More than 4,500 police officers and other mourners crammed a church here Thursday to pay tribute to rookie CHP Officer Don J. Burt, who was gunned down last weekend during a traffic stop.
The young officer's wife sang their special song during the funeral as colleagues praised Burt as a model of his police academy class.
"You were faithful to your call," CHP Commissioner Spike Helmick said, glancing at the 25-year-old officer's flag-draped coffin. "Your work was well done."
About 3,000 of the mourners were police officers representing scores of departments across Southern California and law enforcement agencies from as far away as Maryland and New Jersey. They were joined by Gov. Pete Wilson in lauding Burt, who was a patrolman for only 15 months when he was shot seven times, including once in the head, last Saturday in a Fullerton parking lot.
Throngs of officers in uniform quickly filled Calvary Chapel beyond its 1,900 capacity, forcing church officials to open a gymnasium and reception hall for the overflow crowd. Some officers stood outside because there was no room indoors and residents lined the sidewalk to pay their respects.
Burt's pregnant wife, Kristin, and his parents, Don and Jeannie Burt, listened as speakers remembered Burt as a dedicated officer with an infectious sense of humor that endeared him to friends, colleagues and his superiors.
His father, CHP Sgt. Don Burt Sr., told the gathering that his son, known as Donnie to family and friends, left his mark during his short life and brief career as a law enforcement officer.
Choking back tears, the elder Burt said, "There are millions of people in this country. Donnie will soon be forgotten by most." But his son will be remembered by others "because he has made a difference," he said.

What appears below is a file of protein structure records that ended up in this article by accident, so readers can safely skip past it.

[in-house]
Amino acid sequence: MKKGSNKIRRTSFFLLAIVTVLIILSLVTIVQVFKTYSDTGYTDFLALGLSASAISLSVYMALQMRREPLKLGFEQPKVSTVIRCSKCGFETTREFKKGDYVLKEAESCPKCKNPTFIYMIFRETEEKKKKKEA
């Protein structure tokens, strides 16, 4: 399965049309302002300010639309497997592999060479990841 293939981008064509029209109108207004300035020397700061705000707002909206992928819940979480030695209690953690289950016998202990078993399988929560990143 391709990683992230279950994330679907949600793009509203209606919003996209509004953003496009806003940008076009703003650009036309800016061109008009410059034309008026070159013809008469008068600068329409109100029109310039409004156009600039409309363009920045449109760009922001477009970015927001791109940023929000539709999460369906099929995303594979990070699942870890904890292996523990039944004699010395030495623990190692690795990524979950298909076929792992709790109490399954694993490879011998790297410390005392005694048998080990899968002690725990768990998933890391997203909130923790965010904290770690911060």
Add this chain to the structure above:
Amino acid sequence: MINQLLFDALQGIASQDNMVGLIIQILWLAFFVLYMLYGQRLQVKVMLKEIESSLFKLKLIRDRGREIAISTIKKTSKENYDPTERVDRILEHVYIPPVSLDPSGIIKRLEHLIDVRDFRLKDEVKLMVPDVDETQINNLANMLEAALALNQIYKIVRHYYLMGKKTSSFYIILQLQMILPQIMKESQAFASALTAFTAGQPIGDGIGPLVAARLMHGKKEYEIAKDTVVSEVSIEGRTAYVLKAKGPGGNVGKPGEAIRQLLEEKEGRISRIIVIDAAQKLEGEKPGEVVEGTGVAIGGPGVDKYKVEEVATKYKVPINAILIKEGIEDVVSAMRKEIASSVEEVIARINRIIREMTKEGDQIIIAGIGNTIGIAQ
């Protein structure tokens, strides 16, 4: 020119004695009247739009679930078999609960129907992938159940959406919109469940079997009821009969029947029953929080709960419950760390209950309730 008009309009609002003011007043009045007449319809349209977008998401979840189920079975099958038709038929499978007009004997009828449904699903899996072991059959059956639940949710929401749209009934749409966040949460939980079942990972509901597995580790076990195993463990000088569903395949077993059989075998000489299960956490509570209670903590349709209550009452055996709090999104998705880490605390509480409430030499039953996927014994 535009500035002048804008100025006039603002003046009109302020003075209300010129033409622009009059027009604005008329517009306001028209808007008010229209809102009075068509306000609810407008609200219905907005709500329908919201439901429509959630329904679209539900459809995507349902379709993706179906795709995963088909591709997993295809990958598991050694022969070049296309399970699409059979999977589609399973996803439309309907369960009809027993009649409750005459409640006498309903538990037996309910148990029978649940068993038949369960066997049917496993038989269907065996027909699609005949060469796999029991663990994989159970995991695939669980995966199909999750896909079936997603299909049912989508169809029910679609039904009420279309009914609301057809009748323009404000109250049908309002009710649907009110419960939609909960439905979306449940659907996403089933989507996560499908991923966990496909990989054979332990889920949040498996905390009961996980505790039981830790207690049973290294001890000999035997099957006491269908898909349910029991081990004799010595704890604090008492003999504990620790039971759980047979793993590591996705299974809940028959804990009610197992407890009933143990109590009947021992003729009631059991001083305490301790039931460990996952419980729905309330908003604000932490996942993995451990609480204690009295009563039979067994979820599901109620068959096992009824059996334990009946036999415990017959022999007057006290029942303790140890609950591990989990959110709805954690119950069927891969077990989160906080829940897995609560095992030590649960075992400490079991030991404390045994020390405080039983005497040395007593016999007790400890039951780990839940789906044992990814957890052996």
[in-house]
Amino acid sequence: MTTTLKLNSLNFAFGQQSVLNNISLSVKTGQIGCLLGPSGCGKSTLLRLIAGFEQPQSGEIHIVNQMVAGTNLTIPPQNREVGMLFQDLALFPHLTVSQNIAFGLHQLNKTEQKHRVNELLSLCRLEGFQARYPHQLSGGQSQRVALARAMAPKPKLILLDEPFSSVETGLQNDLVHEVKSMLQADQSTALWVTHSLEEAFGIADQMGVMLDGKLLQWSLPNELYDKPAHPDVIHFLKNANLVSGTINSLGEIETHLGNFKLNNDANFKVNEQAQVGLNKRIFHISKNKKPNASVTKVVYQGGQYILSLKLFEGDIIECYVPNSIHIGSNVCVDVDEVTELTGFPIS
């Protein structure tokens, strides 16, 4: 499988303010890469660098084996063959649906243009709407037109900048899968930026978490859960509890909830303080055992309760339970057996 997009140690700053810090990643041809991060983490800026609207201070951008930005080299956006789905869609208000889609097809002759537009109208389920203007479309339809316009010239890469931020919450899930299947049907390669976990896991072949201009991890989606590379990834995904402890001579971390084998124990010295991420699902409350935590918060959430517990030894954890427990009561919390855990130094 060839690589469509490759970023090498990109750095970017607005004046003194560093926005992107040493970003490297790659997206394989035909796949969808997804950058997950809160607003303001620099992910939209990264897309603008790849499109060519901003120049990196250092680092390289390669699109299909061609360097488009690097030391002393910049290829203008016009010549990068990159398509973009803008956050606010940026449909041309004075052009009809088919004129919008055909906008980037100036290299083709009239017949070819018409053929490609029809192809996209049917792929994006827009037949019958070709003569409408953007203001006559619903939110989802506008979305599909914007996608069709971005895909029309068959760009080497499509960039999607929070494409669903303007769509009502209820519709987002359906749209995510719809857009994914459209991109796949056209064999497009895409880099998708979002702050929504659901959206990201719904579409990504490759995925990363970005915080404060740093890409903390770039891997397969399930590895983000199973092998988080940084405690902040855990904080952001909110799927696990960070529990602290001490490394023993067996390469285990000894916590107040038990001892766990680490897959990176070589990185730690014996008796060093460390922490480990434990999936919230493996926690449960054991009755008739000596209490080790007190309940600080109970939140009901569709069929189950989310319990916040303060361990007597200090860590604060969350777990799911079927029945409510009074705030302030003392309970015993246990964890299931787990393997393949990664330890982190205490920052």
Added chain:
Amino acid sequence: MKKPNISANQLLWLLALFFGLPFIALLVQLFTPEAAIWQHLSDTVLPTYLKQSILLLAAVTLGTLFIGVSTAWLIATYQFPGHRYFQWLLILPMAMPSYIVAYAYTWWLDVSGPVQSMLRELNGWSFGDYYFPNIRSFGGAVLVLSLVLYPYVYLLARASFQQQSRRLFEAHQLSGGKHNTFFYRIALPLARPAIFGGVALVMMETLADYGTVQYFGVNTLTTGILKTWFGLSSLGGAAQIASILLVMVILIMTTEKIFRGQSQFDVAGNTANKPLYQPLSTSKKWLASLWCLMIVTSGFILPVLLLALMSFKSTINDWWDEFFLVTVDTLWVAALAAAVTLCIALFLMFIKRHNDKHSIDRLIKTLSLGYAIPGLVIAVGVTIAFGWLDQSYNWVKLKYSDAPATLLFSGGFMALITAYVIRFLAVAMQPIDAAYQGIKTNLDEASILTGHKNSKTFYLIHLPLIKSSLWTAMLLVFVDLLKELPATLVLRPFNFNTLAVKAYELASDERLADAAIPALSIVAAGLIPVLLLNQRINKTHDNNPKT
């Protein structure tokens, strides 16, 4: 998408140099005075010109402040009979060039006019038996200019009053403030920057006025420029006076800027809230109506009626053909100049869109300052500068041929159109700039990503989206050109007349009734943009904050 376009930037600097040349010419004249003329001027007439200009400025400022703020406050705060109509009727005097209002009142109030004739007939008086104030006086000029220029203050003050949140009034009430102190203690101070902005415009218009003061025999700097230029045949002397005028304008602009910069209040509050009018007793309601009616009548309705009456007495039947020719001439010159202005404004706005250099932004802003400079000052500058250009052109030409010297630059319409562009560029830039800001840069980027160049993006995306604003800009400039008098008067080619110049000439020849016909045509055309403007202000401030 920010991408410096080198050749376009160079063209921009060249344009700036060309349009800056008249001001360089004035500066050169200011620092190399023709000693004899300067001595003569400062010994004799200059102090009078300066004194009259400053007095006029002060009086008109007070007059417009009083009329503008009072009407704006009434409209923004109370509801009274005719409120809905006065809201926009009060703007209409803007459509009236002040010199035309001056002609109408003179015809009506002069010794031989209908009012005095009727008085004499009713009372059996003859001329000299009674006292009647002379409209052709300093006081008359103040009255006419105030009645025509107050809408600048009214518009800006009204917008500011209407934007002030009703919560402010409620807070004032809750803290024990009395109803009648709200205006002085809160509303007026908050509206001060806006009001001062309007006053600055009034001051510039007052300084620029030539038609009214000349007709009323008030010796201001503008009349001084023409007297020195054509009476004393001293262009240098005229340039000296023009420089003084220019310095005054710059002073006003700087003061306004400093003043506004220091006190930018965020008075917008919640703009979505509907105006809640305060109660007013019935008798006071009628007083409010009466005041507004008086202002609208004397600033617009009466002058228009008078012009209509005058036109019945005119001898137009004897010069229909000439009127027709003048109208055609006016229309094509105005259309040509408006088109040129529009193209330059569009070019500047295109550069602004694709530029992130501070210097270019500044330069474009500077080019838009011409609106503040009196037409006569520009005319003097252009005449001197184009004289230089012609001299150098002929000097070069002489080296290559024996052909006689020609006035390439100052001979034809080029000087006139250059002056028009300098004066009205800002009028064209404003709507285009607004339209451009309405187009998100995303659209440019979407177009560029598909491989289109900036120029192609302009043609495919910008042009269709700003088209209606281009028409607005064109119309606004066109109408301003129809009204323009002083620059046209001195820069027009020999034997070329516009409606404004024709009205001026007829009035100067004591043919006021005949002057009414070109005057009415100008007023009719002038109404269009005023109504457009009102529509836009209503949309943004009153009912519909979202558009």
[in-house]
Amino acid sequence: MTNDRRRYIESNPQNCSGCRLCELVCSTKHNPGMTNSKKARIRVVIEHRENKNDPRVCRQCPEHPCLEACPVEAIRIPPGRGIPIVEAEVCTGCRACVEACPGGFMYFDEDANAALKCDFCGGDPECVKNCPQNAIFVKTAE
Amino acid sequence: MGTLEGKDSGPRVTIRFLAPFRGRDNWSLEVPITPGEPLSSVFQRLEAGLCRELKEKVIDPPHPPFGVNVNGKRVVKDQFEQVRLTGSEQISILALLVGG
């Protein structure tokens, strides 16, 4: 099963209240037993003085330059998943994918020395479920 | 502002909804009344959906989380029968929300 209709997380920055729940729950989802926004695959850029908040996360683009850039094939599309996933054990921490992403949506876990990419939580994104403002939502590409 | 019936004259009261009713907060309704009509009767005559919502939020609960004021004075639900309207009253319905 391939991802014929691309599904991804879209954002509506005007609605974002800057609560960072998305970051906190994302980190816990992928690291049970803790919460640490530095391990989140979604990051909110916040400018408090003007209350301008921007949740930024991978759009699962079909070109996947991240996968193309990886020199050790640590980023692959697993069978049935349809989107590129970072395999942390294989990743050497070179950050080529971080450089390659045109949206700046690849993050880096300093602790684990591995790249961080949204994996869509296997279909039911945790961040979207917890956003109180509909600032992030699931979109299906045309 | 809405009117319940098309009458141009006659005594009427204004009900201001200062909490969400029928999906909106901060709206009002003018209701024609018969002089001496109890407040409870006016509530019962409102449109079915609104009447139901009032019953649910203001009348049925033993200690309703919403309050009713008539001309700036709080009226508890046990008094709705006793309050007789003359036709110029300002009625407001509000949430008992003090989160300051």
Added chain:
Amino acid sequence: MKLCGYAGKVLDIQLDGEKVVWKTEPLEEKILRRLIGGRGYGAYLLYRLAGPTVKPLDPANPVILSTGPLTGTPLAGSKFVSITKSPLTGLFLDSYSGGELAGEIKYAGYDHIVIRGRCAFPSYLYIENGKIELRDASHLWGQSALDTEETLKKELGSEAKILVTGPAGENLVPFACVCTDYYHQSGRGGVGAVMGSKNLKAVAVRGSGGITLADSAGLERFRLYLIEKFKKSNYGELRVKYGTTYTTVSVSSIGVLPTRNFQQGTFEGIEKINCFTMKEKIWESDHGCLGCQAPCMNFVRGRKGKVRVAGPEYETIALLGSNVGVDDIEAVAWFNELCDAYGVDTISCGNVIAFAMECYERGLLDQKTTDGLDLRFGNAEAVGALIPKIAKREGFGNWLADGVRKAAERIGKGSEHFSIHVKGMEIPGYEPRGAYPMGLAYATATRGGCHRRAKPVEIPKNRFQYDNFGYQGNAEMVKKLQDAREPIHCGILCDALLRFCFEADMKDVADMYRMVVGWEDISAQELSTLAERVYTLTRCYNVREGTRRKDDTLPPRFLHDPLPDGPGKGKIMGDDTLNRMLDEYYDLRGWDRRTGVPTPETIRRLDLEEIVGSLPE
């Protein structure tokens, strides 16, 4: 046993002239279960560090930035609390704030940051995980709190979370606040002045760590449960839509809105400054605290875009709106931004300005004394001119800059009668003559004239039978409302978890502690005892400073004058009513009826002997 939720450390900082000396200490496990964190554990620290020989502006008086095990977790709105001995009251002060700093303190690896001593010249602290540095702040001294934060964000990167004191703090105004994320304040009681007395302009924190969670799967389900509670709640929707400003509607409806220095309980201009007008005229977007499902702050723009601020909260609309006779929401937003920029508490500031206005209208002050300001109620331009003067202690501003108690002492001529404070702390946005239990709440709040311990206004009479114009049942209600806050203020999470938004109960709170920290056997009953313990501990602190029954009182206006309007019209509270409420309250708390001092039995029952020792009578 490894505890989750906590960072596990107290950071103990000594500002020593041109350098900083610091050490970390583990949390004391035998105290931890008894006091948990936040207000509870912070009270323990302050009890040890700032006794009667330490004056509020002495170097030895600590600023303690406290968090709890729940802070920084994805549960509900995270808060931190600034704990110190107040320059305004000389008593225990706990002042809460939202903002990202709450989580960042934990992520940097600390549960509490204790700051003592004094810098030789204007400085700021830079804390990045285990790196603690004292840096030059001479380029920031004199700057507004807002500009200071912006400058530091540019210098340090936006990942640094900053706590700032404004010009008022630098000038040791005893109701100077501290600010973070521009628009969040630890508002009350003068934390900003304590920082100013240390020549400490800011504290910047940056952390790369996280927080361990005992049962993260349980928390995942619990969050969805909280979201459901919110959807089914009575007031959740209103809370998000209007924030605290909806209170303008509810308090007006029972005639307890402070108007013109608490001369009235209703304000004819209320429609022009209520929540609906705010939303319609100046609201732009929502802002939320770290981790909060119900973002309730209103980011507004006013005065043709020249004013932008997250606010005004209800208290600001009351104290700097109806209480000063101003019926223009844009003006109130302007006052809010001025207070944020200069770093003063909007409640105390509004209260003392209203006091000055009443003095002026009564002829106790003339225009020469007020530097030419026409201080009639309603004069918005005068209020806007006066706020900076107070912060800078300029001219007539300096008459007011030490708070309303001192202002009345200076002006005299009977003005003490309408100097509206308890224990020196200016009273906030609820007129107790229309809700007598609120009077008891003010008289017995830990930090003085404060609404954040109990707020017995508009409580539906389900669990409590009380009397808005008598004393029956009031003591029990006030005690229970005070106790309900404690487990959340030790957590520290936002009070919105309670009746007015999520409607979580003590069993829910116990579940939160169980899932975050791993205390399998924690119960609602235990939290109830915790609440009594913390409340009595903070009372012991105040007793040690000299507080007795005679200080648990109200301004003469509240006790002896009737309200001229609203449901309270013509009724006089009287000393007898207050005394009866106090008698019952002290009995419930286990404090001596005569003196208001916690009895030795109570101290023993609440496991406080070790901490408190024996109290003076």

The governor decried the shooting as an "inexcusable act of violence."
"I am filled with anger for the vicious thug that stole your husband; that stole your son's life," he told family members.
Wilson then recalled that his grandfather was a Chicago police officer killed while making an arrest 80 years ago.
The ceremony had some lighter moments. Tamara Dinkelbach, who had known Burt since junior high school, chuckled at the irony of Burt growing up to become a highway patrolman, given that he was involved in four traffic accidents before finishing high school. Friends have already nicknamed Burt's unborn child "Crash."
Burt's commander, Capt. Chuck Lynd, recounted how Burt wrecked two patrol cruisers during his one-year probationary period after graduating from the academy--normally a time when rookie officers "want to remain as inconspicuous as possible" and out of sight of the CHP brass.
The church rocked with laughter as Lynd told how he was reminded daily of Burt's mishaps, because the wrecked patrol cars were stored in view of where he parked his car every morning. Despite Burt's mishaps, CHP officials could "tell he had the right stuff" to be a CHP officer, Lynd said.
Kristin Burt, 28, thanked fellow officers and friends for their support and said, "Donnie would be very happy about the laughter here today. He would appreciate the funny stories, because that's what he was all about," she said.
In a final goodbye to her husband, Kristin Burt sang "You Are My Sunshine," calling it a special song that she used to sing to him in happy times. Many in attendance dabbed their eyes when the young widow ended the song with "Please don't take my sunshine away."
"I love you honey bunny," she said. 'You'll always be in my heart."
After the memorial service, thousands of uniformed police officers spilled outside the church to hear CHP Officer Ann Marie Hoyland blow taps. Police helicopters from various departments flew overhead in missing man formation, signifying a fallen officer.
The church's parking lot was full, forcing hundreds of officers to park their motorcycles and patrol cars in the middle of the street. Dozens of residents lined both sides of Fairview Street, which was closed between Sunflower Avenue and MacArthur Boulevard.
Residents of a neighboring apartment complex stood quietly on their balconies, some holding American flags as the procession of police vehicles left the church. Others stood on chairs or boxes to look over a block wall fence.
"It's still not clear to me why this officer had to die," said Marilyn Duboce, 34, standing on the sidewalk with her two young sons. "It's a terrible commentary on our society that some of us can kill another human being without hesitation and for the most irrational of reasons."
CHP officials said that contributors have given more than $40,000 to the Don Burt Memorial Fund this week. The proceeds will go to Burt's widow, who is expecting the couple's first child in September.